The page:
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Medical knowledge process outsourcing (KPO) is the transfer of responsibility for skilled medical tasks to third-party consultants, typically located offshore. Tasks that have been successfully outsourced internationally include coding, transcription services, and certain types of testing. The biggest markets for these services is the healthcare industries in the US and UK. Medical KPO service firms hired by medical companies and healthcare institutions are typically located in countries that have skilled, English-speaking workforces, such as India and the Philippines.
The healthcare industries in countries with high standards of living have experienced an increasing demand for services in the first decade of the 21st century as a result of the aging of growth spurt generations. While the supply of doctors has been steady, the numbers of skilled technicians available to handle the wide array of tasks associated with medical testing, billing, and recordkeeping has not kept up with demand. Medical KPO attempts to address the need for credentialed technicians by outsourcing these tasks to developing countries with favorable exchange rates, educated English-speaking workforces, and wage scales that are much lower than the industry standard in the home country.
Outsourcing unskilled jobs to foreign countries in the manufacturing industry, known as business process outsourcing (BPO), is an established part of the corporate operational toolbox. KPO applies BPO strategies to outsource jobs that require specific knowledge and credentials. Advances in communications technology and Internet connectivity have made it feasible for a hospital, for instance, to rely on remotely-located expert technicians in its administrative and diagnostic process chains. It is no longer necessary for a technician to be located where the data collection takes place. Data files can be accessed from anywhere in the world and work conducted that updates to the hospital system in real time.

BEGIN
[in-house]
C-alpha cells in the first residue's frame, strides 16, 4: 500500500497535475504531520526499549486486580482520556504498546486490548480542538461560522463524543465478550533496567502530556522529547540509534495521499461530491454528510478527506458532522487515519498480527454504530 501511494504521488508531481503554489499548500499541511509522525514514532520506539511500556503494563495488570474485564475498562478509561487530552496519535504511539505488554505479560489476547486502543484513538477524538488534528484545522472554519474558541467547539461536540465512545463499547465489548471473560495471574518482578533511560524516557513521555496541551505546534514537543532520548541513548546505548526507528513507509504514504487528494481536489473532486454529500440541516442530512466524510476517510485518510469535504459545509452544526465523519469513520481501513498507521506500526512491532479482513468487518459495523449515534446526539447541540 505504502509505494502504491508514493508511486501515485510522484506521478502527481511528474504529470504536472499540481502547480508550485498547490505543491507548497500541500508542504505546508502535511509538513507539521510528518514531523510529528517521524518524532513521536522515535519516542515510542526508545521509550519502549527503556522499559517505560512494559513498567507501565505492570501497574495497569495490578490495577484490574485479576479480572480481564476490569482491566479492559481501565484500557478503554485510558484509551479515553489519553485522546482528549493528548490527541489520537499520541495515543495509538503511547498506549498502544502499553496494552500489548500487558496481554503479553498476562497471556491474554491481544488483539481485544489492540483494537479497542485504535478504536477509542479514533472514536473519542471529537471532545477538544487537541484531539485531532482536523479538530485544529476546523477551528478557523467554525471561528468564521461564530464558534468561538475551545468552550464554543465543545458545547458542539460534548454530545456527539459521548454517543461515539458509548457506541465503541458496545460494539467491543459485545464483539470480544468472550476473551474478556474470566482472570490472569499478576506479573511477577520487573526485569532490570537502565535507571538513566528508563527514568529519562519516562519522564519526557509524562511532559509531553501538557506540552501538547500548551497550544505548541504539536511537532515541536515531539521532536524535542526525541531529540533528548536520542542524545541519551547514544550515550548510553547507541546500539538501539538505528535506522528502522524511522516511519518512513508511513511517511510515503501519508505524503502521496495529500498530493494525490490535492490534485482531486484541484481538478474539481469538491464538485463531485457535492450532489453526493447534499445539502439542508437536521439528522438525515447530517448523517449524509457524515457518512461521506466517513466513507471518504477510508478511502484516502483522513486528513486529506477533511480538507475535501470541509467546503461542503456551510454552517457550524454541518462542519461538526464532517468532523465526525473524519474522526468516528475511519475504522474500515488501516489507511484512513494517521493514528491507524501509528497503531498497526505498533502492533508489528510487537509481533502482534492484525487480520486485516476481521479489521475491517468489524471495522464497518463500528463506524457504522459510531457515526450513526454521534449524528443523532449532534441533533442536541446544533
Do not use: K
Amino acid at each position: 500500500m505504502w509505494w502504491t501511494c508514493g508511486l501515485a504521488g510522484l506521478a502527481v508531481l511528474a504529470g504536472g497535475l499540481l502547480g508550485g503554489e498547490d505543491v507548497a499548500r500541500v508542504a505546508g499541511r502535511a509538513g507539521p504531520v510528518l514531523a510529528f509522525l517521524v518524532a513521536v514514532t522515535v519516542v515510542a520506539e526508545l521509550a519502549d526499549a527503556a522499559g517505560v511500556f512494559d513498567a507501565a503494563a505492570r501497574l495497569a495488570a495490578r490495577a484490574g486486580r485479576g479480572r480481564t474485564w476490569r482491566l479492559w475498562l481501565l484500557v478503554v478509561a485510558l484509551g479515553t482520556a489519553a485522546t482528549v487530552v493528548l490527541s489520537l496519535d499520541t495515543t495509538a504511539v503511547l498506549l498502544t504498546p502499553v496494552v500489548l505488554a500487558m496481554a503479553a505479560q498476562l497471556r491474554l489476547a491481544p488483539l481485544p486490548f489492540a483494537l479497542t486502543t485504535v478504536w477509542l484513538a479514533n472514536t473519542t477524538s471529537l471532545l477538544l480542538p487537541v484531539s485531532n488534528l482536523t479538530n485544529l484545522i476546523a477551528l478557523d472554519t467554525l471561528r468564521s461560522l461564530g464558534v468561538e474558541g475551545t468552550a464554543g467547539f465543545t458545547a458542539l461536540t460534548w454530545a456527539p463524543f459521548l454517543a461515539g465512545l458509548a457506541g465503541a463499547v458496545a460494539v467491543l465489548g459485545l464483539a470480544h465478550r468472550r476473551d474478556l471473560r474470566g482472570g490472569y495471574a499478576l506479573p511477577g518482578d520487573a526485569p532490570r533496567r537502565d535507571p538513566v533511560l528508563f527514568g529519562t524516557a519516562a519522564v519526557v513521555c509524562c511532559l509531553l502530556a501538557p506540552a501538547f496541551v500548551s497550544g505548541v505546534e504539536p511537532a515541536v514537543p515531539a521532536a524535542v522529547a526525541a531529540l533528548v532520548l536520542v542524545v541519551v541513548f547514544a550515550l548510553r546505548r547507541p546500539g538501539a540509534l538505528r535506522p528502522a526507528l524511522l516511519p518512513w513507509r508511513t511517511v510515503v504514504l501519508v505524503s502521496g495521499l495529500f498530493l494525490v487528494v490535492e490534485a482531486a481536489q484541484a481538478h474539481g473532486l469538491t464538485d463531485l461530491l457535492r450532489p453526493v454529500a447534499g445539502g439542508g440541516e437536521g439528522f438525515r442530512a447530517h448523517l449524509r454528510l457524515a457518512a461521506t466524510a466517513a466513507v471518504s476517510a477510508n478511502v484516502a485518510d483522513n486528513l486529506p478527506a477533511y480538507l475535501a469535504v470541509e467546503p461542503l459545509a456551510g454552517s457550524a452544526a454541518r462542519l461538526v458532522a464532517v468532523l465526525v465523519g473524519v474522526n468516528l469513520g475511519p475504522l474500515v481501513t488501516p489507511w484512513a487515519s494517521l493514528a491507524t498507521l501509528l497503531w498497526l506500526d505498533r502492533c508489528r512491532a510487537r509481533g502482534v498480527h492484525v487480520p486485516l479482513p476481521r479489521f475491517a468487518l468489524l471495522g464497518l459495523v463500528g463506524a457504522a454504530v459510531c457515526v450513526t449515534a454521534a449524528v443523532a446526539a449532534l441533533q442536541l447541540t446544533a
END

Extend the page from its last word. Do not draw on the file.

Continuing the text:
Medical KPO can include administrative or diagnostic projects. The healthcare industry has had the most success outsourcing administrative tasks, such as medical coding. Coding requires a trained expert to determine the appropriate billing codes that can be applied to a doctor's diagnosis of a patient. This is a relatively discrete billing-related task that does not directly affect patient care.
Diagnostic projects, conversely, directly impact patient treatment. Examples include outsourcing the interpretation of x-rays, processing tests in areas such as oncology and genetic profiling, and providing innovative services such as telemedicine, where some diagnostic services are conducted over the phone or Internet. Outsourcing these sorts of projects offshore has been less successful overall. While medical KPO can be cost effective and efficient in theory, the practice of exposing patient information to workers in foreign countries raises privacy and reliability concerns and increases legal exposure through the perception that medical processes that are outsourced offshore are cheaper and of lesser quality than comparable services provided by workers trained in the home country.